My initial reaction to news that the Draft Care and Support Bill had made it into the Queen’s Speech was one of relief followed by disappointment that there was no mention of attempting to resolve the thorny issue of funding.
Quite rightly many people are examining how this legislation could affect service users and carers, but let us consider social workers. The context of this Bill is that social care is ‘broken’ and ‘dysfunctional’. How does that feel to those of us who have worked and are working in the field of adult social care, and who, despite very difficult circumstances have managed to do some very good work, helping people to come to terms with their difficulties and working together with them and their family and carers to gain the best possible quality of life? Well the words ‘kick’, ‘in’, ‘the’ and ‘teeth’ come to mind.
There is much that needs to be sorted out in the world of adult social care, a great deal of it at the systemic level. One of the main issues for me is that social workers should have a greater role in working with individuals and families when care and support is needed, rather than our role being eroded, as has happened in recent years – something that is now being accelerated by the cuts. We should be working in a framework that supports us, with resources and options available for us to share with service users, as well as a consistency of support that puts an end to the notion of a postcode lottery.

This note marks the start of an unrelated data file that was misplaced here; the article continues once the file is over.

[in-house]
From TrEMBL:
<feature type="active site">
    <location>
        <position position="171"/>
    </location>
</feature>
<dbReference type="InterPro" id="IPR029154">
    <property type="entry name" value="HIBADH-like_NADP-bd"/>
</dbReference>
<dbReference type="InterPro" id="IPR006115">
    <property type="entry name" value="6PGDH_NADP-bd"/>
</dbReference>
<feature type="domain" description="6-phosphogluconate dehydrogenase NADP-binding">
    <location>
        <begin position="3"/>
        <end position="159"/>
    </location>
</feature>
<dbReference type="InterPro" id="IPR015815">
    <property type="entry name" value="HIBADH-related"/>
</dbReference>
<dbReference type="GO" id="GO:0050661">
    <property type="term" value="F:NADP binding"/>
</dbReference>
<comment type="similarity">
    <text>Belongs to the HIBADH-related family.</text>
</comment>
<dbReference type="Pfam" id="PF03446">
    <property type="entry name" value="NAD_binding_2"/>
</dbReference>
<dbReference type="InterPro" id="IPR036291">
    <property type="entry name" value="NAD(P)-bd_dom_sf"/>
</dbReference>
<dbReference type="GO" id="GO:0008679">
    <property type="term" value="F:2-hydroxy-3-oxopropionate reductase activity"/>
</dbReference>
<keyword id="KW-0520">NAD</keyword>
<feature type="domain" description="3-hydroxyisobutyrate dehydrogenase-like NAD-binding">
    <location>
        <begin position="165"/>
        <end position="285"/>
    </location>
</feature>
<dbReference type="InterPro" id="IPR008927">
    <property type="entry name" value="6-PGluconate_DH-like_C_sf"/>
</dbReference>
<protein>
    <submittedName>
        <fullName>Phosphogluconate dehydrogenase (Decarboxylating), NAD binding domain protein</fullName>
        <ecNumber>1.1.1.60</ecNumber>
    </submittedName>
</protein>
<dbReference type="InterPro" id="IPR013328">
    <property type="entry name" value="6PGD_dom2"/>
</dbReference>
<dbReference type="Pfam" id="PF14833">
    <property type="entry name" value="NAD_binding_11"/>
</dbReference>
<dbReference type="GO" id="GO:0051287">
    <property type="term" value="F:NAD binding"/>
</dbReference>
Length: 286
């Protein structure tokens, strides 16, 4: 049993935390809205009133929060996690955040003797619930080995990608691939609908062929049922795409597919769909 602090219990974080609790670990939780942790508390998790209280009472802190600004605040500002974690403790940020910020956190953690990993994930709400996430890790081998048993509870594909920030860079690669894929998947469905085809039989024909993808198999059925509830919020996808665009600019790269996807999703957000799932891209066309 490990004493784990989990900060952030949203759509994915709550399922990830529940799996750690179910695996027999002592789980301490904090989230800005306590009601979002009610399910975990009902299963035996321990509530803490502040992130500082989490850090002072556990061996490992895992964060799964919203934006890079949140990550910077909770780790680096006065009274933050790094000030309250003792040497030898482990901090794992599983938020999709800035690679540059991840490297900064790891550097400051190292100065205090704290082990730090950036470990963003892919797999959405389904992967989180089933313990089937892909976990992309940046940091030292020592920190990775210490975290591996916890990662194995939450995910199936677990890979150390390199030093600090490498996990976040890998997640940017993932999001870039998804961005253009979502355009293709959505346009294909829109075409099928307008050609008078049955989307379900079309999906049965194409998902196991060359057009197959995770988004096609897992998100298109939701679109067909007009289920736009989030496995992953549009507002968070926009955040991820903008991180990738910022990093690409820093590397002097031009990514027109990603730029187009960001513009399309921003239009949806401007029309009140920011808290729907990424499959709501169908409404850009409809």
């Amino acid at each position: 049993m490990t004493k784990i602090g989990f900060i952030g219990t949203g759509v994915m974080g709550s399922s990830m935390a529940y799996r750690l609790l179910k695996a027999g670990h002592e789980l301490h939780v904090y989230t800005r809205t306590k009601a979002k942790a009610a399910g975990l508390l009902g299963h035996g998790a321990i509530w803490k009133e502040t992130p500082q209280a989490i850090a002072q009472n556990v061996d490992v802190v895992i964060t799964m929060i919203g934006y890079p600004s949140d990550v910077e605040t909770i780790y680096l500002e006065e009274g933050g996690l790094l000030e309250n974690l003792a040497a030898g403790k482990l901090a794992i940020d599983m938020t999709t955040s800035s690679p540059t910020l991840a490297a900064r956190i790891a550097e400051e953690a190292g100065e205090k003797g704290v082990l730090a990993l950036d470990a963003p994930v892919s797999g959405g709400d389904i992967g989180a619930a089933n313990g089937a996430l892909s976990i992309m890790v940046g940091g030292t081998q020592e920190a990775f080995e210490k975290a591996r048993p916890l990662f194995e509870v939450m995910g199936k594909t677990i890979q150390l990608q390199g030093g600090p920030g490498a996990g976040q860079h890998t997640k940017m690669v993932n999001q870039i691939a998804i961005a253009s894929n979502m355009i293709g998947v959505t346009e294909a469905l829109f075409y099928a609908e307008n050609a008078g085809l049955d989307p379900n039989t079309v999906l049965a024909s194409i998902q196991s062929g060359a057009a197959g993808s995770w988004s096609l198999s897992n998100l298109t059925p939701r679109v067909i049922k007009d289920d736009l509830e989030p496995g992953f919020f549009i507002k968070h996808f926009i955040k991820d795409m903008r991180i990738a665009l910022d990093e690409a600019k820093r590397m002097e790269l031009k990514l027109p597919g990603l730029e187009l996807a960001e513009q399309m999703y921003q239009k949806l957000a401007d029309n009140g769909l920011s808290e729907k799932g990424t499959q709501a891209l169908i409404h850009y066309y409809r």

Combined with a straightforward and transparent system, we should be able to enable people to make informed choices about their lives. We should be given time to build relationships and support people properly rather than using a crude tool designed to assess need and aimed squarely at restricting service availability.
Next up, we should have good supervision and training to help us begin to understand the situation of a range of people with disabilities and health problems such as progressive illnesses, Alzheimers and other forms of dementia, terminal illnesses, and other difficulties around safeguarding concerns.
We should be given professional autonomy and enabled to put our knowledge skills and values to good use, to the benefit of service users. We should be heard and respected by our managers at all levels because we want nothing more than the best for our service users and those around them.
It is likely that the Bill will include a section on social work and social workers. BASW worked together with the College and the Association of Directors of Adult Social Services (ADASS) on a summit for adult social work at the end of last year which was attended by civil servants involved in the Bill, and we will continue to work on our own account and with others to make sure the valuable role of social workers in this field is acknowledged and fostered.
There is good and bad in the Bill and we will be commenting on the details in the future and responding to consultations drawing on the views of BASW members, but let us not lose sight of the need to safeguard social work interests, which are absolutely bound up with those of service users, and ensure, ultimately, much better service provision for those in need.